Richard Schickel has made a living off writing puff pieces and documentary films about Clint. As I know those times and that subject well, I know Schickel's books are full of misstatements and downright fabrication, not only about me but others. He glorifies, practically deifies, Clint.
I believe Clint knows who he is; he just doesn't LIKE who he is. I do believe that Clint loved me as much as he is capable of love, and in the first 8 or so years together he really WANTED to be the man he knew I saw in him. I think he tried very hard, but eventually one's nature cannot change.
I have many flaws, not the least of which is thinking too much of the other person's feelings and not enough of my own. Because of this, I try to please too much. I hate conflict and so I avoid it until it is almost too late and then I have the battle of a lifetime. I am a terrible worrier. I have to some degree overcome this one, because I learned that the things we worry about are rarely the things that actually happen. It's always something we never thought would or could happen - like what Clint did. Also, I had no breast cancer in my family so I didn't worry about that, and of course it did happen to me.
[2013] I still get scripts sent to me, but nothing extraordinary enough to motivate me to try and overcome all the obstacles to get the films made. And yet, I would say that today I feel unfinished professionally, both as actor and director. For many years I fantasized that a brave director would come along and offer me a role I couldn't refuse, a role that would be as wonderful as the one that began my career. And, even more so, I fantasized about the perfect little quirky script with money attached that I would want to direct. Of course, neither has happened. At first, I felt very displaced, as if I had lost my identity. I had worked making films my entire adult life. It was work that I loved. It was my work as well as my pleasure. I was not a person who had other hobbies. Eventually I came to find the peace and beauty in my everyday life - my home, my gardens, my pets - and was able to walk away.
I am reconciled that I will probably not work again, but if I do it will be something 'meant to be'.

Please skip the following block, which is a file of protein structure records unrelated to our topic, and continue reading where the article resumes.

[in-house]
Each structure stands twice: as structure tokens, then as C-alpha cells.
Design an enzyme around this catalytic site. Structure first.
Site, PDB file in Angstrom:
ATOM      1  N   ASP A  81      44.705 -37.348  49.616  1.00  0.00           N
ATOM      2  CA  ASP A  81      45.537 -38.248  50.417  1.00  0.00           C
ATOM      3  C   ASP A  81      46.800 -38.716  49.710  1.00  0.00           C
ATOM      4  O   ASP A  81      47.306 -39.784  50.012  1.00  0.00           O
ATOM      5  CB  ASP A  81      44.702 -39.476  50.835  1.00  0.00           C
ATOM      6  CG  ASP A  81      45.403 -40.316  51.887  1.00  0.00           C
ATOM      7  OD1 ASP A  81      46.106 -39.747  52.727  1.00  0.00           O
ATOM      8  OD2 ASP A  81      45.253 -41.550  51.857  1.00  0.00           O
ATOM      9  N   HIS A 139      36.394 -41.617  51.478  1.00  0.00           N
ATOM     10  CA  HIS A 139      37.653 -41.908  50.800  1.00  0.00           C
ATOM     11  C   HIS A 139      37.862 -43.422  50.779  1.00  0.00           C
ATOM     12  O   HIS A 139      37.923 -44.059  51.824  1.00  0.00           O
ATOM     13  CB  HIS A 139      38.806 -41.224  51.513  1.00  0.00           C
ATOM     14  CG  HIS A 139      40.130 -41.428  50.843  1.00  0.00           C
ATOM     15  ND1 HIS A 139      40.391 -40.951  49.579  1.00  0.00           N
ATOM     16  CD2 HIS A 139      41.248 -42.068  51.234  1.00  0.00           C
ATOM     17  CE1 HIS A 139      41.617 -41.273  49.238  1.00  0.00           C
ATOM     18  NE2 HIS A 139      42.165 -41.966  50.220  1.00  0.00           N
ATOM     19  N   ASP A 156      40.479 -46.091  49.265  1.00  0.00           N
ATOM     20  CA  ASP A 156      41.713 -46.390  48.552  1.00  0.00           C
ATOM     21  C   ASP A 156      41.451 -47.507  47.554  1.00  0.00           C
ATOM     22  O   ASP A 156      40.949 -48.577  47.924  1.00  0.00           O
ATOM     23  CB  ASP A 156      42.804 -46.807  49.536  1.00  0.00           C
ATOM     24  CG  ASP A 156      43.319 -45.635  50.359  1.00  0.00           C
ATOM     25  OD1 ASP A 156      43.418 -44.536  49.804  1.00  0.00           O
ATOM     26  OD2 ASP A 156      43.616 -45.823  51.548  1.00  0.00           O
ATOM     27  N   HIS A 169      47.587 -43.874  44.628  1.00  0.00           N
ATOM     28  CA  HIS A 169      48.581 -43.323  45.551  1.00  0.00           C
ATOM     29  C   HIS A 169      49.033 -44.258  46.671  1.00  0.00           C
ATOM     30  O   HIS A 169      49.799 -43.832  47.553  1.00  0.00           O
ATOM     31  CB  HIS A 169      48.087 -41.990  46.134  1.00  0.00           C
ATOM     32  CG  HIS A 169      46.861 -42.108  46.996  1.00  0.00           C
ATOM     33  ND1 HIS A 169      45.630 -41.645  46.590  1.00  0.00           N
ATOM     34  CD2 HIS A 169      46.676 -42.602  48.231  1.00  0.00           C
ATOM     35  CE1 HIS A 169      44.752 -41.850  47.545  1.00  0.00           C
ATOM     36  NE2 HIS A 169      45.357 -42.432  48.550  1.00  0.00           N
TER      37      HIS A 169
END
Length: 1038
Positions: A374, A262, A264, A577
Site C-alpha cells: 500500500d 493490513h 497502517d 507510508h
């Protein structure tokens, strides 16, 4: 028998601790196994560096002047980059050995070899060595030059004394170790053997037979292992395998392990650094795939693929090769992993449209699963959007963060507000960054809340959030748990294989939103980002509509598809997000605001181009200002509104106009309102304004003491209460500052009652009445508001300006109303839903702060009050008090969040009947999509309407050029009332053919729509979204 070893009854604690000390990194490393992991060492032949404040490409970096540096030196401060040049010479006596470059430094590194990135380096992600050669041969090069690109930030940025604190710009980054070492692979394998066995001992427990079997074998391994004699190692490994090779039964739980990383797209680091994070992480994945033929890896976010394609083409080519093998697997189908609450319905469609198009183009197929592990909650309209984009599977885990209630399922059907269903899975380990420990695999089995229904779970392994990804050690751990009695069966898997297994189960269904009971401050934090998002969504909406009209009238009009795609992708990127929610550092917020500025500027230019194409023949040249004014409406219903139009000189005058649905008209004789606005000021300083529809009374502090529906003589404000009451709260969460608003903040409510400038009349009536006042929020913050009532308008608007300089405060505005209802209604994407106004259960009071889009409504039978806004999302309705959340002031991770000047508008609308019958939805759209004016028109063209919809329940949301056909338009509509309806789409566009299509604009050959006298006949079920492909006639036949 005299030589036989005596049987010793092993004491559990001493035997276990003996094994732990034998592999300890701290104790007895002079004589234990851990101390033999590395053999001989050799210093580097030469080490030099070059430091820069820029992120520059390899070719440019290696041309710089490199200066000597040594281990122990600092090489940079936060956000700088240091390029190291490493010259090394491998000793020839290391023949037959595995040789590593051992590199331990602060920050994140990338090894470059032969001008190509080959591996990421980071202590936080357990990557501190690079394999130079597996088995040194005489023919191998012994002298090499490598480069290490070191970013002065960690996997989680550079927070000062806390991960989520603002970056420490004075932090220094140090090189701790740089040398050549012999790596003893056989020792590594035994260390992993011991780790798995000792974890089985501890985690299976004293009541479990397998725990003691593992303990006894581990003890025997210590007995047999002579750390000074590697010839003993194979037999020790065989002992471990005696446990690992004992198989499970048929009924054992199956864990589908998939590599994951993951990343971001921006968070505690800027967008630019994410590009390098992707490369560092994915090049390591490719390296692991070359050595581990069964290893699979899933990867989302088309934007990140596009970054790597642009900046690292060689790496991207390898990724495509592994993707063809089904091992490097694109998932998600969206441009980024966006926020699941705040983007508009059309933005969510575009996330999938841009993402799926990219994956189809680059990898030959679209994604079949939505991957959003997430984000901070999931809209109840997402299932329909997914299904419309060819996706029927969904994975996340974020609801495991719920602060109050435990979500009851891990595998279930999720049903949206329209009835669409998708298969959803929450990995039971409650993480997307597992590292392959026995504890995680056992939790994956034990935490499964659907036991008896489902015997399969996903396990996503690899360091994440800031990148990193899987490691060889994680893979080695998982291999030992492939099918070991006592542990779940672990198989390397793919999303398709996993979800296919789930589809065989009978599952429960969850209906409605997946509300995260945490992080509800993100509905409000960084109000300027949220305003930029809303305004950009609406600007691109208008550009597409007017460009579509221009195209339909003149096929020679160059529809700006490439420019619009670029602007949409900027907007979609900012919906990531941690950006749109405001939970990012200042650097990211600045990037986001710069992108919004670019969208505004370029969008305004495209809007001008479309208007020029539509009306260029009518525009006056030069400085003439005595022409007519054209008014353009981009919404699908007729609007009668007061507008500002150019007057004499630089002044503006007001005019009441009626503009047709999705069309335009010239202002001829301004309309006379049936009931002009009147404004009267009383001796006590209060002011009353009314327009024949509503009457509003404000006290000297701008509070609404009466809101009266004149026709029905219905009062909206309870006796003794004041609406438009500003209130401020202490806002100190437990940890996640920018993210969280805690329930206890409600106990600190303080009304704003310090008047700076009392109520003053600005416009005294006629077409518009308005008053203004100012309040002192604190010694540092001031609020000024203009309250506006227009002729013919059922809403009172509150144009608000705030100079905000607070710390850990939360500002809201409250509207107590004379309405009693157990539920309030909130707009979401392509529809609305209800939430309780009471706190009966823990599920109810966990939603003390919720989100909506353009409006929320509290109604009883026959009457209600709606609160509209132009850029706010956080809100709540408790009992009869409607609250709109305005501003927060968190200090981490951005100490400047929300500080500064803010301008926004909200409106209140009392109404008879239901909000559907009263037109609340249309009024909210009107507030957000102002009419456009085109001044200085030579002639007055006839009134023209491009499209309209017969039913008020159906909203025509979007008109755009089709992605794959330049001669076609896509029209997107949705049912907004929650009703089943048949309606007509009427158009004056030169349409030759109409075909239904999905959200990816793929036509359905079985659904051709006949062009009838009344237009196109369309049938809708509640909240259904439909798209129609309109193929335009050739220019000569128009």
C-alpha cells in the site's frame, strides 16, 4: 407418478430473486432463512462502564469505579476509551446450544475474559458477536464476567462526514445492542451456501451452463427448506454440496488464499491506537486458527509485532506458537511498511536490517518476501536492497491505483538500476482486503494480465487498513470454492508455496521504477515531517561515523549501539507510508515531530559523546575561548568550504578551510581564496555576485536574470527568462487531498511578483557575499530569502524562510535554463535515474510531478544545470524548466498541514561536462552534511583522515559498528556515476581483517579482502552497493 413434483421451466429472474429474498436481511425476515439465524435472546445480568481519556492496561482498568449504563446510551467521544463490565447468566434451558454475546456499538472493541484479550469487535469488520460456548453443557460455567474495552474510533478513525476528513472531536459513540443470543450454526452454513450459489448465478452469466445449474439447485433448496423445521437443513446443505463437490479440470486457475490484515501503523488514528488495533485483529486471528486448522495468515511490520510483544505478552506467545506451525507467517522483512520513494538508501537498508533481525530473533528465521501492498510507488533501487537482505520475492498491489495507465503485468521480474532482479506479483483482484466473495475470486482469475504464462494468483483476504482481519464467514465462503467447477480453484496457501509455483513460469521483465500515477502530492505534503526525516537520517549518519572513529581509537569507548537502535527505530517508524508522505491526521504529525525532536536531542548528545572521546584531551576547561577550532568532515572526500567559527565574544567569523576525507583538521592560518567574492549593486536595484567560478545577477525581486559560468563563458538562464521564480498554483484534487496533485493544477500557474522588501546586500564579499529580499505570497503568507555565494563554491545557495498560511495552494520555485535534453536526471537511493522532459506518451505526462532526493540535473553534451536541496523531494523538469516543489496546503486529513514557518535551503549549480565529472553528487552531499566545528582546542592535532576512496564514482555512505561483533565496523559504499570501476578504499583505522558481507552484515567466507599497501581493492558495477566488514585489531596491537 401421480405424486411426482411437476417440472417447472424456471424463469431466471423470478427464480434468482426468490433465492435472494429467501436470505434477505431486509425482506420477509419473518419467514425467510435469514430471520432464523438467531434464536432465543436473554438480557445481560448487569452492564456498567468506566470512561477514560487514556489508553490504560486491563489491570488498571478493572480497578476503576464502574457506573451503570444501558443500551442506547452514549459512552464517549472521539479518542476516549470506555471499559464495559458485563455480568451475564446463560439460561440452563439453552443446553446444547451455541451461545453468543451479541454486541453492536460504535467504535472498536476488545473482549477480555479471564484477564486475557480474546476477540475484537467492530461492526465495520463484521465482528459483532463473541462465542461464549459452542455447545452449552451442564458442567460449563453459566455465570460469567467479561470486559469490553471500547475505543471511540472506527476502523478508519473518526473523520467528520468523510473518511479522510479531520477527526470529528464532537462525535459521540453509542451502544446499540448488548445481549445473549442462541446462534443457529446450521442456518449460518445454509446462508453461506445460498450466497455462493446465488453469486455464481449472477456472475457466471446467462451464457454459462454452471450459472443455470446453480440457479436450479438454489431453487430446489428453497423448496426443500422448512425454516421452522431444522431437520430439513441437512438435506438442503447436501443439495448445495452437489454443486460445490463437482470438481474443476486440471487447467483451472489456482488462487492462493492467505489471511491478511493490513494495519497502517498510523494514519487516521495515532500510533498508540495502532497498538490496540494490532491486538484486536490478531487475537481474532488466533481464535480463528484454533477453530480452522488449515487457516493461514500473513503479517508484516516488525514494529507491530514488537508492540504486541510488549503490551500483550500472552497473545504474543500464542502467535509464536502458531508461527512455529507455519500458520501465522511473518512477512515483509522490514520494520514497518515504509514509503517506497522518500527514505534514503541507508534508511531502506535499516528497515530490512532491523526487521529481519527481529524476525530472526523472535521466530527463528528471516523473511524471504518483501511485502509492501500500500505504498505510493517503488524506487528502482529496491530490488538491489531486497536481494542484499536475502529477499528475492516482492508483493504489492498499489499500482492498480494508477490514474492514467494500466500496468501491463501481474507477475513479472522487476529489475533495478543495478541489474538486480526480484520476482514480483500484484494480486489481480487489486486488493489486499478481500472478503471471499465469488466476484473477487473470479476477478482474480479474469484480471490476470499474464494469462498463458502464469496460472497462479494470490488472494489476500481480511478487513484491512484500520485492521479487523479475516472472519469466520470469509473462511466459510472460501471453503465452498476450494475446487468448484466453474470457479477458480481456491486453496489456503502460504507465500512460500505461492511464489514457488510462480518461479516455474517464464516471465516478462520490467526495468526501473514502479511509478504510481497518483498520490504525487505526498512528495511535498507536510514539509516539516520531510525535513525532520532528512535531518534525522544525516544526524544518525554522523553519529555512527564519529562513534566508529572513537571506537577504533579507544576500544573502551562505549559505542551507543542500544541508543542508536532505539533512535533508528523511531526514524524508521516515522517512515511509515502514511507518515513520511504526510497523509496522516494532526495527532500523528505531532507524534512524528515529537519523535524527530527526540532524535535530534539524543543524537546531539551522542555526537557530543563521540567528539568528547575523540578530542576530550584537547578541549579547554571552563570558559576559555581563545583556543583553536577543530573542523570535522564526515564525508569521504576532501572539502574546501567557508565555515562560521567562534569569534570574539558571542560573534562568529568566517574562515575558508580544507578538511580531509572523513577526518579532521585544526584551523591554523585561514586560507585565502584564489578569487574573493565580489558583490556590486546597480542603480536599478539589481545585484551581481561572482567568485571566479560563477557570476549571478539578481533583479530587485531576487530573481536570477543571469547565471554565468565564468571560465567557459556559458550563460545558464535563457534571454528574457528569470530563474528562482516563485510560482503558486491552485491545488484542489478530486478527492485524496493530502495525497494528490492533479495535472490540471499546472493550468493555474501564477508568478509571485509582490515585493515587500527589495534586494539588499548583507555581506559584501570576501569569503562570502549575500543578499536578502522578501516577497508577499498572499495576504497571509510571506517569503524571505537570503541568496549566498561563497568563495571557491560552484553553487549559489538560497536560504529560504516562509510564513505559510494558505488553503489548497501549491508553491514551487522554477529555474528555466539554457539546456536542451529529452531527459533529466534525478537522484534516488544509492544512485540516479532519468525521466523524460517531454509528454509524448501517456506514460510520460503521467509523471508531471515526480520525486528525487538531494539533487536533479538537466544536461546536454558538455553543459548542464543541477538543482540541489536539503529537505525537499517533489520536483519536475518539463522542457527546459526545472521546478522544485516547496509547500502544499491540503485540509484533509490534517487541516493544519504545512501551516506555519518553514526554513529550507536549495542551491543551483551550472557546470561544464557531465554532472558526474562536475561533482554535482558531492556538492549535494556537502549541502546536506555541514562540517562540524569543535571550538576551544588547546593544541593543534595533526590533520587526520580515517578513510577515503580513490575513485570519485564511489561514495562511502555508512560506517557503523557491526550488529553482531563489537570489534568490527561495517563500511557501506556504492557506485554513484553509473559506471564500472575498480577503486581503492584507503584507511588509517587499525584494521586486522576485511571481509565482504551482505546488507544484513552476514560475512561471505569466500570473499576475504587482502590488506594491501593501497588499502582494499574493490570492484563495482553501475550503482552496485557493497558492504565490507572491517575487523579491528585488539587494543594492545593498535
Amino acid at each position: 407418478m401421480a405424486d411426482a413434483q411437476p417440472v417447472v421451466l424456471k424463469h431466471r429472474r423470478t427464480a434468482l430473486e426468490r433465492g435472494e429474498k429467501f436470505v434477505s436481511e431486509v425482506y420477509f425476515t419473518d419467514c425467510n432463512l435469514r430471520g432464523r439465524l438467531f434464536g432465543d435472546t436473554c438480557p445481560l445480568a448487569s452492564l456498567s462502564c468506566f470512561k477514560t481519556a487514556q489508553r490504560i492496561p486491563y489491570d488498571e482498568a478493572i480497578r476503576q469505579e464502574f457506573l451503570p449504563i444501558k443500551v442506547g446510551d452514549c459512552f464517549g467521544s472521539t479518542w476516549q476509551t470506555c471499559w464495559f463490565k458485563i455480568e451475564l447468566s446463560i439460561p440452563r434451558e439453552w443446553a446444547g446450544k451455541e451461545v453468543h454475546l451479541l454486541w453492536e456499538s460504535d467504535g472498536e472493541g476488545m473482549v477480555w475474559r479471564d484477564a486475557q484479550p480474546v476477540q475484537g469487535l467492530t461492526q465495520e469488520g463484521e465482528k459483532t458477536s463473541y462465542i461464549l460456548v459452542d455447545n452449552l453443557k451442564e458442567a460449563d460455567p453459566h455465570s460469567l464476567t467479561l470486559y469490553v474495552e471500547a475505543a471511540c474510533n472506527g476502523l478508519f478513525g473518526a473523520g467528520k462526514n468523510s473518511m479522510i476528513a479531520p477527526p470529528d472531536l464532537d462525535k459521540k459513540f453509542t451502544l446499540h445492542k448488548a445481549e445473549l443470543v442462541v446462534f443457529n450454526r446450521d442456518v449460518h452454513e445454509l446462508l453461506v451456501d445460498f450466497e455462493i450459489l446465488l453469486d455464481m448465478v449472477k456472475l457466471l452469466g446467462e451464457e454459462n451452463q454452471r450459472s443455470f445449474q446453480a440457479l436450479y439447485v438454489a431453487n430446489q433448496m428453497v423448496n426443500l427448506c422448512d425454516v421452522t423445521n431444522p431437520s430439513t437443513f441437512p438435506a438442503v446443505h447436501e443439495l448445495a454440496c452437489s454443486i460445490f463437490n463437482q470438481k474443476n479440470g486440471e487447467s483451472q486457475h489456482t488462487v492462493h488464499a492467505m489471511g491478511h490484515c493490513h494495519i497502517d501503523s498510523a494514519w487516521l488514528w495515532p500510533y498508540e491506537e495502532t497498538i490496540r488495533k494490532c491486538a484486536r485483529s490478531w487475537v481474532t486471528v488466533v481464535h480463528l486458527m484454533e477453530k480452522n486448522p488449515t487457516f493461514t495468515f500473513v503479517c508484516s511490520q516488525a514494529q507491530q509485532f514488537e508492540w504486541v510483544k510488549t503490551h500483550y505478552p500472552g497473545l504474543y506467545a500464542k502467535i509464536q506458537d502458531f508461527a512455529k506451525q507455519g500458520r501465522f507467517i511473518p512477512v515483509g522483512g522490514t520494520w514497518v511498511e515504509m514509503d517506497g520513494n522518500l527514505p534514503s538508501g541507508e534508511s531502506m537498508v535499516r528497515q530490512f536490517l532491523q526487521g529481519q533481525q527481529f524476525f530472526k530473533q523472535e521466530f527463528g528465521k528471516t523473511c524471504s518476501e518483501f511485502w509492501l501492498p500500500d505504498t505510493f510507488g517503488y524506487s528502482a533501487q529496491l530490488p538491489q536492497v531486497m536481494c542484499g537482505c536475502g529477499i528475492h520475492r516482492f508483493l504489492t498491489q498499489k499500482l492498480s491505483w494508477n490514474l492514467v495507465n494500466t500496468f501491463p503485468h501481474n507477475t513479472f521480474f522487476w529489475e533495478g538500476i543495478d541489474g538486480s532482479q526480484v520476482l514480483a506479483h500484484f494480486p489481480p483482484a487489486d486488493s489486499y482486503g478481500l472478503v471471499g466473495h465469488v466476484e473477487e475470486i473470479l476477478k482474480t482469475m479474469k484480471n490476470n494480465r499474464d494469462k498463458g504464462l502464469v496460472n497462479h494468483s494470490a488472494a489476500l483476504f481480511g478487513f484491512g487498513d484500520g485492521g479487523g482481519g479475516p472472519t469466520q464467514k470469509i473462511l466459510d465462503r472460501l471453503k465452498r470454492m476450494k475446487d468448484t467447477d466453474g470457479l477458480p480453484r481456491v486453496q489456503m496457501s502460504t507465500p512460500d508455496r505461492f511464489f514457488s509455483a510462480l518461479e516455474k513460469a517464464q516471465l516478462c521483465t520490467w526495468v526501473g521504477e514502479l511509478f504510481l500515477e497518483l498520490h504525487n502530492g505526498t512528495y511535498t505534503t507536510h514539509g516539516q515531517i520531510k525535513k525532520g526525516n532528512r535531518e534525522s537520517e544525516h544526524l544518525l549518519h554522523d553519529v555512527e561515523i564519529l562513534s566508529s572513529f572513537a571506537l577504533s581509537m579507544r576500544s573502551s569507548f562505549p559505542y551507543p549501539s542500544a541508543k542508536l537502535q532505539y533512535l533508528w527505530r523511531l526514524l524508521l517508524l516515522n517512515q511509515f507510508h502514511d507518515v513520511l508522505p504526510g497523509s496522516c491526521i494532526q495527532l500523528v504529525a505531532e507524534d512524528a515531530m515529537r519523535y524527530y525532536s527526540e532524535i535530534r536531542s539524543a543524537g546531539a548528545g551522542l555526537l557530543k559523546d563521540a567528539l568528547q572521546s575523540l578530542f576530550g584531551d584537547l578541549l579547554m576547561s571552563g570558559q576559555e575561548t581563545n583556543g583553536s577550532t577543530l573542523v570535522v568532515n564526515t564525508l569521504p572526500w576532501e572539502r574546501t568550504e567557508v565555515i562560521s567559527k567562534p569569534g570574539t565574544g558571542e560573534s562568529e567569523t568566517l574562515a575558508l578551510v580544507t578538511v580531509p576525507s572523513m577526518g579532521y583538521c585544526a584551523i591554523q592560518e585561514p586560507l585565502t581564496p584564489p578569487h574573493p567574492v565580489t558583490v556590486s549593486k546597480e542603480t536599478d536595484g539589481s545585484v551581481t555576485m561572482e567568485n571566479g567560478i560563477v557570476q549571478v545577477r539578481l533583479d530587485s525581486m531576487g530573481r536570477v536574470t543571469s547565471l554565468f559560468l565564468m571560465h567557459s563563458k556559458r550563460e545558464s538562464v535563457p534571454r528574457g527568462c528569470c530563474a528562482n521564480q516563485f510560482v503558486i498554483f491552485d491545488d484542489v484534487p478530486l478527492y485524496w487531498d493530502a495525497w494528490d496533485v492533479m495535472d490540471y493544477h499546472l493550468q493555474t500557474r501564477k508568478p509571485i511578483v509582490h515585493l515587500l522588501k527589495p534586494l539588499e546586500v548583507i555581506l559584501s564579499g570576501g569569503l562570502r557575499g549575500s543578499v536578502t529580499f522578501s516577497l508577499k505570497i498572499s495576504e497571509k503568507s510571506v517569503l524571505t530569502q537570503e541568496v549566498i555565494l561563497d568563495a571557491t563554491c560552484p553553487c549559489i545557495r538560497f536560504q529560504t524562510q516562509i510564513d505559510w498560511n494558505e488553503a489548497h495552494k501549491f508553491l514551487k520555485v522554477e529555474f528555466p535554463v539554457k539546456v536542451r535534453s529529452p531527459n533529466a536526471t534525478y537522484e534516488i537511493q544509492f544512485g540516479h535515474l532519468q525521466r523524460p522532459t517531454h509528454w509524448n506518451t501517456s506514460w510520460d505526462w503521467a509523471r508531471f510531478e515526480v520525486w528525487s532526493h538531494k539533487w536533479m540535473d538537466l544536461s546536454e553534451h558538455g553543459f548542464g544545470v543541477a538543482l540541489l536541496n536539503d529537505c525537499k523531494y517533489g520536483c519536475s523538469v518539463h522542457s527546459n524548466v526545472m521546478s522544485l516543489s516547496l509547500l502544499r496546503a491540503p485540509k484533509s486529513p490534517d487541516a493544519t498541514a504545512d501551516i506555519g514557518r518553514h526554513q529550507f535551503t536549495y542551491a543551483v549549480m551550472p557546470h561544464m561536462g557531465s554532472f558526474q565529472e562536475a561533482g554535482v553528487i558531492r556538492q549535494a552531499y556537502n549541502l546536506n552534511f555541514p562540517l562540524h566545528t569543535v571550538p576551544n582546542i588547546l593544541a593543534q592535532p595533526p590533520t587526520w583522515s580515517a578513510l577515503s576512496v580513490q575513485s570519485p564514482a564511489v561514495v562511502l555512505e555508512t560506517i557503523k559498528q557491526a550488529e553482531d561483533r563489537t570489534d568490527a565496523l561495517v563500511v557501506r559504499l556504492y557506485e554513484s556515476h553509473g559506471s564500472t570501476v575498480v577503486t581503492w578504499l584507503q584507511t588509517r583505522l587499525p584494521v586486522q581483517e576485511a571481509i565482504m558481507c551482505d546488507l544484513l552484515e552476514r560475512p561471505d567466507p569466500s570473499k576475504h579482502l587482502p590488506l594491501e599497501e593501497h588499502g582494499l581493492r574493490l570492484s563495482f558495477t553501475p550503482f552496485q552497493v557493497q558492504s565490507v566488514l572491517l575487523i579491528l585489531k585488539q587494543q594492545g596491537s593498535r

[on Clint Eastwood's fans] They only want his image and not to be bothered with reality.
[on Clint Eastwood] He doesn't exist to me anymore.
What a completely evil, manipulating, lying excuse for a man he was. And what ultimate irony. Clint Eastwood, the man who symbolized to so many what a man should be, had turned out to have none of the acknowledged qualities of a real man - loyalty, honesty, bravery and moral strength - and yet Gordon, a child-man, a gay man, had possessed them all.
Some friends of mine have some places up in Oregon and in northern California and Idaho and it's such beautiful country I take off there and collapse. I read and walk. And you know, it's amazing. I find everybody asks me what do you do, don't you get bored? I find that when I get in the country I don't know what it is but I find there's never enough time in the day, the day goes by so fast and I'll think: Oh, I wanted to write such and such a letter today or something else. Well, there's no time. I suppose the smallest task seems a monumental thing at the end of the day. I go with friends but away from business and away from Hollywood, and the telephone.

Salary (8)

The Heart Is a Lonely Hunter (1968) $4,200
Cover Me Babe (1970) $150,000
The Outlaw Josey Wales (1976) $18,000
Death Game (1977) $40,000
Any Which Way You Can (1980) $100,000 + % net profits
Sudden Impact (1983) $350,000
Ratboy (1986) $100,000 for directing + unspecified actor's fee
Trading Favors (1997) $10,000